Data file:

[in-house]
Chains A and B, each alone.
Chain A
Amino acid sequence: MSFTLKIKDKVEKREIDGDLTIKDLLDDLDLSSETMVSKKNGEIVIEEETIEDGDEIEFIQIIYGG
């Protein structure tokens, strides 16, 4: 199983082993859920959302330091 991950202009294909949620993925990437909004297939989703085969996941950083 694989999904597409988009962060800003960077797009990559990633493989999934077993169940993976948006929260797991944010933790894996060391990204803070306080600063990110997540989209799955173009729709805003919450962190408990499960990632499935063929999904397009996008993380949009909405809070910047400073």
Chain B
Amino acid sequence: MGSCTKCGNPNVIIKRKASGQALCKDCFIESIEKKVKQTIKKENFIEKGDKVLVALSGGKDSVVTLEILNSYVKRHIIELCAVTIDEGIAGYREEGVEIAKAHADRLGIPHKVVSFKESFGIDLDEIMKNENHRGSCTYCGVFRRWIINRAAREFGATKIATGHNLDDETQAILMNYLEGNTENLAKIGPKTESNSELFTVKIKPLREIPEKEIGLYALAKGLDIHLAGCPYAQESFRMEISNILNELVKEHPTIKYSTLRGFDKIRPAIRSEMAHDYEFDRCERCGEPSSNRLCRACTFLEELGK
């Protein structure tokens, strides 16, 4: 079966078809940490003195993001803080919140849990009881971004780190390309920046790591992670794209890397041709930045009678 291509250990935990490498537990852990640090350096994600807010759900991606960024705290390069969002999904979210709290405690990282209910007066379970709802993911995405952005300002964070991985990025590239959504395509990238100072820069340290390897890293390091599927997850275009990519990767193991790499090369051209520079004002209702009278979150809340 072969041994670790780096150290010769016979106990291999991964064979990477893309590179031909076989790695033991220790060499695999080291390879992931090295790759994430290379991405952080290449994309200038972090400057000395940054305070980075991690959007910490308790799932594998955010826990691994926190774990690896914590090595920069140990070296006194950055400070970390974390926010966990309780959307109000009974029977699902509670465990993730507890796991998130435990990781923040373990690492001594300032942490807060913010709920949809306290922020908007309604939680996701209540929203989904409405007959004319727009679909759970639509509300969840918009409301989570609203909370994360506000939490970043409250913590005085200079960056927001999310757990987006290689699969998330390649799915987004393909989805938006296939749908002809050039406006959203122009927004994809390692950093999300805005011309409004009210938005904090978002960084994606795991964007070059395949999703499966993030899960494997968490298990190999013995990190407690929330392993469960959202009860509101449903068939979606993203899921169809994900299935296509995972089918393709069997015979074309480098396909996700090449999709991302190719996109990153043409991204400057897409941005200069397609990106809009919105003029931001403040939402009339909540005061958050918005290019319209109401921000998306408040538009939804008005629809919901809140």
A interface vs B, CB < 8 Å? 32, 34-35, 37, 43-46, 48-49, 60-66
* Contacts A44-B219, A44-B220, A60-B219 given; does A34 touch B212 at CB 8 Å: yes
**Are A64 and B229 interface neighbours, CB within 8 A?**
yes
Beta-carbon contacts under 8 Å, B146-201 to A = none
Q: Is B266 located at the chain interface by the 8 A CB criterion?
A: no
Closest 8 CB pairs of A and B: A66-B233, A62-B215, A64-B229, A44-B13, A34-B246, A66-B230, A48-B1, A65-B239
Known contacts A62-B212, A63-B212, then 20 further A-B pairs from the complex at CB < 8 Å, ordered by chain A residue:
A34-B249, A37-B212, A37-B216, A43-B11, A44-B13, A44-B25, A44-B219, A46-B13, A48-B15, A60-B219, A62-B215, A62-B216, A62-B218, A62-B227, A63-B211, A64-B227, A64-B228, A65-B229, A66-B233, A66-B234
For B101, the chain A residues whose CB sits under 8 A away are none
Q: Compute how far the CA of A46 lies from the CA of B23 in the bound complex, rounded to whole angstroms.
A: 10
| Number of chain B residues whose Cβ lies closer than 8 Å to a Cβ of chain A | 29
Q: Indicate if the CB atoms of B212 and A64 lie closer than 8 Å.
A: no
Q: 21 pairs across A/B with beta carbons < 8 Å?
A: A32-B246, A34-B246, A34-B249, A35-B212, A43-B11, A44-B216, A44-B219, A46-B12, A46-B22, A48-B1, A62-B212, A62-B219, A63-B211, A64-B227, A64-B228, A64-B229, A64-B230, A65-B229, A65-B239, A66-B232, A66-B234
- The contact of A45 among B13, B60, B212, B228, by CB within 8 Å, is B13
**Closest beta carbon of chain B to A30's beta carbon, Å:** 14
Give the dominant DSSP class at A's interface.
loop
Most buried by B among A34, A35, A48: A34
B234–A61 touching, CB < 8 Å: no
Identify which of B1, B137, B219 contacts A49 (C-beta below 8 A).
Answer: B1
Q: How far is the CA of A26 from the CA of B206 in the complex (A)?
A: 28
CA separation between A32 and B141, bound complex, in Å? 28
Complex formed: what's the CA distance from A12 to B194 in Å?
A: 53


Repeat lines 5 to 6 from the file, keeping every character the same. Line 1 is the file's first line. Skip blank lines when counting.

């Protein structure tokens, strides 16, 4: 199983082993859920959302330091 991950202009294909949620993925990437909004297939989703085969996941950083 694989999904597409988009962060800003960077797009990559990633493989999934077993169940993976948006929260797991944010933790894996060391990204803070306080600063990110997540989209799955173009729709805003919450962190408990499960990632499935063929999904397009996008993380949009909405809070910047400073």
Chain B